This was one of the strategic castles that the Scottish warrior king Robert the Bruce destroyed rather than risk its falling into English hands again.
One defense that you wouldn’t see upon entering Dirleton is this small chamber above the gatehouse passage. Here lurks a murder hole, called that because such openings were extremely useful for defenders to use in pouring dangerous substances (or throwing rocks) on invaders.
Think for a moment of what a rush of burning hot sand could do to a knight: it would trickle into his armor’s chinks, through his chain mail, past his padded tunic, and against his skin…).
A castle’s exterior is the first glance that you get of these behemoths of defense, but the door itself tells much of a castle’s intent: if it was meant to rebuff, or welcome, or perhaps just intimidate. A castle’s entry shows what a castle is all about. And, thanks to Scottish preservation organizations, we’re able to go through so many of them in Scotland today.
(The images in this post are my own photographs. Many thanks to Historic Scotland Environment, which owns and manages these properties and whose fascinating souvenir guides helped me with my dates and historical details. And thanks also to Malcolm Hislop for his How to Read Castles, a wonderful handbook that I look to whenever I need to remember an architectural note.)
A list of medieval books would never be complete without Newbery Honor-winning Catherine, Called Birdy, a rich story by Karen Cushman of a 13-year-old girl’s attempt to escape a typical medieval woman’s fate.
Filled with magnificent historical detail, the novel is a diary written by Birdy at the suggestion of one of her brothers (the only one she really respects). She’s no princess, just the daughter of a minor knight, yet she deals with unwanted marriage proposals like any fairytale maiden (well, like a singular one): through trickery, including attempts to utterly repulse potential suitors. Birdy’s ploys work until her father betroths her to a lord more disgusting than anything she could have come up with. Her protestations and ideas to escape that engagement fuel the main plot.
Birdy’s world is no melodic, clean, medieval paradise, but a real world: with fleas and filth, unbearably tedious “lady-lessons,” a blustering beast of a father, and disasters in spinning and weaving. Cushman depicts manor life and village life in vivid detail, from home remedies (“a gargle of strawberries, water, vinegar, and the dung of a white dog”) to the excitement of a village hanging (which changes quickly to horror for Birdy, at least, when she sees who the convicted “bandits” are: two scrawny, frightened 12-year-old boys).
Chapters—diary entries—start with just a date early in the novel, but soon include a commentary on saints and holidays assigned to that date, and these are one of this novel’s pleasures. For instance: “29th Day of March, Feast of Saints Gwynllyw and Gwladys, who bathed in the river Usk summer and winter and went for long walks completely naked until their son, the holy Cadoc, made them stop”.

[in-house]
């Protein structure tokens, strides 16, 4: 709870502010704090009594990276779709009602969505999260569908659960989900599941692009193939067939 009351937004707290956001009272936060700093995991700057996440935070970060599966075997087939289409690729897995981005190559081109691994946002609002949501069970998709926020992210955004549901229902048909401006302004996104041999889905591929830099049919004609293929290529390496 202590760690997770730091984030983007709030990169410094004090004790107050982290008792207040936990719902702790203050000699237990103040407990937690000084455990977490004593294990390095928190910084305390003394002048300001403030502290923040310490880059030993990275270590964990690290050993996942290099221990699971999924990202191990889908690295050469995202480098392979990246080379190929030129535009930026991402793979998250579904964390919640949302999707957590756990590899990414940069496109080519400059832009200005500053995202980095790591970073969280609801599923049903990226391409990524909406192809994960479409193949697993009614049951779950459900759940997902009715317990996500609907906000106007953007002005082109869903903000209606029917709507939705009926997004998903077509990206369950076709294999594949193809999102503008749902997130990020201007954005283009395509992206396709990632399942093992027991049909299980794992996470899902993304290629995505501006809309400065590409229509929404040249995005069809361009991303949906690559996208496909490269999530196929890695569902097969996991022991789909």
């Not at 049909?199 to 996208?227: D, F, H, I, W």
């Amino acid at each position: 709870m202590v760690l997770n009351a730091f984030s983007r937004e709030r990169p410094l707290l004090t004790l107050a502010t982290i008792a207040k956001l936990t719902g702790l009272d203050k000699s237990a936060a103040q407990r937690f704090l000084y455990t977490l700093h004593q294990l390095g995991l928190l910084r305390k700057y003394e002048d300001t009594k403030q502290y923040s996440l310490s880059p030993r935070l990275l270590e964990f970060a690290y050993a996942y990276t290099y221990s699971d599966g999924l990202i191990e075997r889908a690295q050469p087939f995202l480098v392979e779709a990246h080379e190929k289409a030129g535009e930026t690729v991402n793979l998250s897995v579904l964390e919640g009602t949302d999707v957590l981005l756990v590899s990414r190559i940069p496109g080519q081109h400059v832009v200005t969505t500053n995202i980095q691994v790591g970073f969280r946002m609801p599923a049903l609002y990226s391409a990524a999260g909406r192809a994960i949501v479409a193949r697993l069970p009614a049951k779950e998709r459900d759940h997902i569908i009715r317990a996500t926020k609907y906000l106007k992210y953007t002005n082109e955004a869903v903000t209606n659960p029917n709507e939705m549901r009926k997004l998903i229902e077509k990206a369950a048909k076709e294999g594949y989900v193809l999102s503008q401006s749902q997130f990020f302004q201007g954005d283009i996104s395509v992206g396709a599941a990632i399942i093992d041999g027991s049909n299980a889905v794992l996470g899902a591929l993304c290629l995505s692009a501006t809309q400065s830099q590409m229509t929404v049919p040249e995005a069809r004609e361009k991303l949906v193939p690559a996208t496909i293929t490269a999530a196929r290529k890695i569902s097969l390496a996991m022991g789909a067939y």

Birdy obeys the rules of her world in some respects, but also frequent questions those rules. Her adventures and her voice are a delight for anyone interested in medieval life.
On with the next medieval book! In this engaging, fascinating volume, Laura Amy Schlitz creates a snapshot of a medieval life through its children with help from Robert Byrd’s detailed illustrations.
A blacksmith’s daughter muses sadly over her distance from a young nobleman who comes to have his horse’s shoe repaired. Hostility arises between a Christian girl and a Jewish boy when they meet at a river, until they begin skipping stones together and realize that they are far more alike than different. An impoverished villein’s daughter (a villein is a medieval serf) watches her widowed mother humbly outsmart the lord that has come to take their much-needed cow, a price they must pay upon her father’s death. The glassblower’s two daughters soliloquize about a likely marriage between one of them and their father’s apprentice, but with very different perspectives.
In this collection of monologues (and two dialogues), the young characters are vivid and lifelike, and the history is accurate and interesting. The children’s stories, as well as details of their lives—of farming, blacksmithing, poverty, and more—make this short poetic volume a rich one.
If you follow me on Twitter, you may have noticed my love for—oh, let’s just be honest—enormous obsession with Scotland’s castles.
Edinburgh Castle and its curtain wall looming (as all good castles should) over its city upon Castle Rock.
These are the stone behemoths that dominate Scotland’s landscape (particularly in the Borders), looming above cities, countrysides, and seas. Kings, earls, and lords—Scottish and English alike—built these fortresses from the 11th to 16th centuries to defend, intimidate, and rule the country. And though most of Scotland’s castles are in various stages of ruin, or have been rebuilt well beyond their original master masons’ plans, they’re impressive.
One of the most impressive is one of the most famous: Edinburgh Castle. Established as a fortified residence in the Bronze Age and built up into a powerful castle in the early 12th century, Edinburgh Castle stands as a centerpiece in Scotland’s capital and the country’s history.
The gatehouse at Edinburgh Castle is one of the most iconic (and photographed) parts of this beauty.
Edinburgh Castle’s lurid past includes a history of successful sieges, despite its strong defensive structure (and don’t forget, in later years, the cannons), but also a few wonderfully dramatic retrievals. My favorite of retaking harks back to 1314, when a brave Scot named William Francis led the Earl of Moray and 30 men up the cliffs of Castle Rock (at left) to overpower the forces of English King Edward II. Edward’s dad, Edward I, also known as the Hammer of the Scots, had successfully invaded the castle before, and so it was his rule that was crumbling as the Earl of Moray’s small war-band took the castle back.
There was also just plain murder here, such as the time an advisor to young James II executed the 16-year-old heir to the powerful Black Douglas clan and his younger brother in the middle of a dinner with the ten-year-old king. (According to records of the time, James II begged for the lives of his two friends, but was ignored.) James II demoted said advisor when he was old enough to wield real power. (This was a king who had witnessed horrific violence very young, which might be one reason why he was so fond of the latest weaponry.)
James II received one of the most powerful weapons of the late medieval ages—Mons Meg, cannon of cannons—as a wedding present. Let’s just say I’m a wee bit jealous.